Election results mostly as expected; turnout better than four years ago

Yesterday’s elections offered a handful of unexpected results, but incumbents mostly won.  Turnout ticked up compared with 2015.

As projected here on August 13th, County Executive Mark Poloncarz was victorious, but his margin was smaller both in terms total votes and in percentages than in 2015.  Lynne Dixon worked hard, but she offered no compelling reason for a change in leadership in County Hall. Poloncarz’s taking-care-of-business style worked just fine.

Poloncarz’s winning margin was 14,489; he carried 53.5 percent of the vote to Dixon’s 46.5 percent. Total turnout in the county was approximately 34.4 percent; turnout in the City of Buffalo was just 22.8 percent.

The Erie County Legislature’s Democratic majority stayed at seven of the eleven members. Democrat John Gilmour will take Dixon’s seat, while Democrat Jeanne Vinal replaces retiring Democrat Tom Loughran. Republican Frank Todaro defeated Democratic incumbent John Bruso in the 8th District.

The majority party will be composed of legislators who are very light in county government experience. Only new Democrat Kevin Hardwick has had more than two years at the Legislature; he has been there for 10 years. The other six members in the Democratic caucus will, as of January 1, have an average of less than one year in county government. On the other hand the three legislators of the Republican caucus who will return to office average 11 years of service, and will now be joined by Todaro.

Democrat Diane Devlin defeated Republican Gerald Greenan in the only contested election for State Supreme Court by a very small margin of less than 2,000 votes in the eight county Eighth Judicial District.

In Niagara County Republicans maintained control of the County Legislature. Niagara Falls elected a new mayor, Democrat Robert Restaino, who will replace the retiring Paul Dyster. Lockport Democratic Mayor Michelle Roman was re-elected to a full term as Mayor.

Orchard Park voters approved the addition of two members to the town board, beginning in 2021. The town became the third of five towns in Erie County to return to a five member town board as the Kevin Gaughan-promoted experiment in three member boards continues to be reversed. Alden and Evans still have three member boards, while Hamburg and West Seneca previously reverted to five member legislative bodies.

The Town of Tonawanda and Cheektowaga elected full slates of Democrats to town offices.  Democrats won control of the Town Board in Hamburg.  Republican Joseph Spino won a seat on the Amherst Town Board, although his margin of victory, 48 votes, will be subject to absentee votes and a final tabulation.

With only two contested elections out of 12 offices on the ballot in the City of Buffalo, turnout in the City was once again much lower than that of the rest of the county. Mark Supples made a try as the Republican candidate for Council in the Niagara District but was handily defeated by incumbent David Rivera. There was a token Republican candidate for Comptroller but the Party has essentially ceded the territory to the Democrats.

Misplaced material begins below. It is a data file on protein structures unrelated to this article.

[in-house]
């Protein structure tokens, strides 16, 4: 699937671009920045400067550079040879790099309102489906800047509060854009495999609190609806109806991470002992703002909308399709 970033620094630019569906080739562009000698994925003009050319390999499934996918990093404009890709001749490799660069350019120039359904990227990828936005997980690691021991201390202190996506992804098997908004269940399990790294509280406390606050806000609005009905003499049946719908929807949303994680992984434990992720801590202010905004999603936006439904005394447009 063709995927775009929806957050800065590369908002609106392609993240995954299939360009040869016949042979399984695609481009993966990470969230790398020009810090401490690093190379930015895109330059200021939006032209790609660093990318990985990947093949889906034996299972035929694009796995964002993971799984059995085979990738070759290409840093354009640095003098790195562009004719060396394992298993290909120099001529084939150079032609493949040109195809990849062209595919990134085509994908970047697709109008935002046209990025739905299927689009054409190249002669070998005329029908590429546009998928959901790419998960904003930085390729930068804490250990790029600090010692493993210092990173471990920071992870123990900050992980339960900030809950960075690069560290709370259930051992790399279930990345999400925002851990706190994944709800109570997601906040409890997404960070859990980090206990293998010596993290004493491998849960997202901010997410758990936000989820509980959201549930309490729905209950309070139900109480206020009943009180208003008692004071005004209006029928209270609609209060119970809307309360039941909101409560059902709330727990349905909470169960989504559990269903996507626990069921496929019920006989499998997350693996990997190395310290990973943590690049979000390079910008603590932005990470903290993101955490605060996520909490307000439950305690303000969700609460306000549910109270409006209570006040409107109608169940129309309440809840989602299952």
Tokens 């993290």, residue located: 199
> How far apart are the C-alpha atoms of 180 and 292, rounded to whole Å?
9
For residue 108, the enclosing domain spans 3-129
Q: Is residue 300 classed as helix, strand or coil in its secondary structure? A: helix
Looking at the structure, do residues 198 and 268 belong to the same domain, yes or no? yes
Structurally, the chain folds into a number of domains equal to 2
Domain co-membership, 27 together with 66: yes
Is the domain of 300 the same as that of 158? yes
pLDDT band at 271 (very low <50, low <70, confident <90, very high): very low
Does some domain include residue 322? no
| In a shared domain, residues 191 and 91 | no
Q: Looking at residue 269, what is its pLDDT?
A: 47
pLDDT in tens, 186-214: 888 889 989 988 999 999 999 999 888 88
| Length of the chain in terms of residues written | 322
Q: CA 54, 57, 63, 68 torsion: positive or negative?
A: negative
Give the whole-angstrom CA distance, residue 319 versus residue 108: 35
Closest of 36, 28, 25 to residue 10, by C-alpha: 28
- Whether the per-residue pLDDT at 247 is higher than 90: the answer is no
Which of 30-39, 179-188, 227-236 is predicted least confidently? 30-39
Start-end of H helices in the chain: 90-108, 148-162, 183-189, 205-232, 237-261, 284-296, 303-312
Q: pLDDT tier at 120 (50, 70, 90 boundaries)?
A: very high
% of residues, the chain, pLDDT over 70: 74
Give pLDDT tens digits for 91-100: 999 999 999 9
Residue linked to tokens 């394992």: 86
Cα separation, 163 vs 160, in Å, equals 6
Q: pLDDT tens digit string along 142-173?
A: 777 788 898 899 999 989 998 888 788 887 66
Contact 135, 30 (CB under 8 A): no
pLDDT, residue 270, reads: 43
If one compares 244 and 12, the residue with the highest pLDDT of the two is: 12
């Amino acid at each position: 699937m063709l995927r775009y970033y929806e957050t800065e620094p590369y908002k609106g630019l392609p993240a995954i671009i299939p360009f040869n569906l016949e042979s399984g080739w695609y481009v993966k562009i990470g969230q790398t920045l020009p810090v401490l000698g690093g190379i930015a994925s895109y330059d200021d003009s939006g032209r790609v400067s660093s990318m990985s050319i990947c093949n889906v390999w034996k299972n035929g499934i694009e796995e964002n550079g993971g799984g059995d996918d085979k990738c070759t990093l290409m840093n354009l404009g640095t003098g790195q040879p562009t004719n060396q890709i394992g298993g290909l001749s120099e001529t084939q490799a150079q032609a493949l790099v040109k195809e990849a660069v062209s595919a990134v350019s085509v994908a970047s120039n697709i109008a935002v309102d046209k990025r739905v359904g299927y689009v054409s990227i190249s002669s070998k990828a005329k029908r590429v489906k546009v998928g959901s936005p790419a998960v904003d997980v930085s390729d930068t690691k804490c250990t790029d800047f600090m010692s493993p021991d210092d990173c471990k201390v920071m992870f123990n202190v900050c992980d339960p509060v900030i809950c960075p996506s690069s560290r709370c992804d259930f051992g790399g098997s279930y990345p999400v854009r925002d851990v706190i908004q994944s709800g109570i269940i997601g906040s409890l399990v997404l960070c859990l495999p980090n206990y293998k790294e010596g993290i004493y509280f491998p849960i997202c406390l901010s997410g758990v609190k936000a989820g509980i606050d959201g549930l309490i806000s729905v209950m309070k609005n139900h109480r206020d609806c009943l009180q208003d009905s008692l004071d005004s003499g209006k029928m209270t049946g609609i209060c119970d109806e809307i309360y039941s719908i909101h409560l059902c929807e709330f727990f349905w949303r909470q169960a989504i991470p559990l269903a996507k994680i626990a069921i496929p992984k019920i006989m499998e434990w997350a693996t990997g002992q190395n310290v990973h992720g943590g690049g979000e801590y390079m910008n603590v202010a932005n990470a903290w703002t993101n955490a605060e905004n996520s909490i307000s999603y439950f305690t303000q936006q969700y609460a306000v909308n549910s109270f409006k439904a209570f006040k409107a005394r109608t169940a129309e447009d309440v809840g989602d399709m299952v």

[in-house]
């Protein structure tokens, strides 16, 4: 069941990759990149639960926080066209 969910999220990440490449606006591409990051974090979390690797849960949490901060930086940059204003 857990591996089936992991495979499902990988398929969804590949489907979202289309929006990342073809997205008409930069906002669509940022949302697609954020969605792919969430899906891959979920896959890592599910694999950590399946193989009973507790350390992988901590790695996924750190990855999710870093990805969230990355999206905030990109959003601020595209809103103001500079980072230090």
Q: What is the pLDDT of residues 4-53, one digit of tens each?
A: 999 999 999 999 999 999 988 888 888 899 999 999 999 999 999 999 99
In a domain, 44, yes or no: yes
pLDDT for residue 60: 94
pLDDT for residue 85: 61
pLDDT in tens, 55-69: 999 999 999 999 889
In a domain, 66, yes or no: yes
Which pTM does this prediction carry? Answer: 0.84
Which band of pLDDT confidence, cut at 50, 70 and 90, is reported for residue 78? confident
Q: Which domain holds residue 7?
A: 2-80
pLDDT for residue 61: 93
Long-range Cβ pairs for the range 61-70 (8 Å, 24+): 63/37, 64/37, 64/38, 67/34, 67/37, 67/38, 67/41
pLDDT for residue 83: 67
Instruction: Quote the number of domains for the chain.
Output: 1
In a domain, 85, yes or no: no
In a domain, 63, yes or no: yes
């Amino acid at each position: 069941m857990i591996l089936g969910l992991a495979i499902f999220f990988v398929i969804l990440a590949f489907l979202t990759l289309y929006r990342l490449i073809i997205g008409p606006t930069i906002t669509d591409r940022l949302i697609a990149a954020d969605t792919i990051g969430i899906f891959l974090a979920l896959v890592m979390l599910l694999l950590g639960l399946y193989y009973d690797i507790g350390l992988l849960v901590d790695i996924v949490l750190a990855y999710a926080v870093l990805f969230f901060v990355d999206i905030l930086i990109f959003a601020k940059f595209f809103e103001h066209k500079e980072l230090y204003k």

Democrats in the City of Buffalo regularly fails to turn out in anywhere near the proportions of Democratic turnout in the suburbs, which has had a negative effect on countywide and statewide candidates. Which the Republicans are very happy with.

It will take some further analysis, but it appears that the first use of the early voting system served more as a convenience for voters to be able to vote at a time and place other than their regular polling place on Election Day, rather than much of a stimulant for increased participation. There were a total of 205,313 voters in Erie County yesterday compared with 152,655 in 2015. While the total number of votes who voted early was 4.4 percent of total registered voters, another way of looking at the early voting numbers is that the nine day turnout produced nearly 13 percent of the actual election vote for 2019.

The early voting system operated well and produced 26,514 votes in Erie County, far more than all but one other county in the state. The fact that Erie County had many more voting locations than other counties (Niagara County only had two sites compared with Erie’s 37) contributed to the voting activity last week. The system passed its test, worked well, and will likely be much more promoted and used in 2020, with the presidential election dominating public attention.

 

What if they held an election and nobody came?

This year’s June primary seems to have taken energy out of the 2019 election. I know, if you’re a candidate, campaign staffer, or party official you will tell me you are working your tail off – and I believe you.

But for the 99.9 percent of local residents who are not personally involved in the election, you are undoubtedly finding it hard to get excited or even interested in the election that will be held in less than 70 days. To the extent that people are interested, they are directing their attention to the national level. Continue reading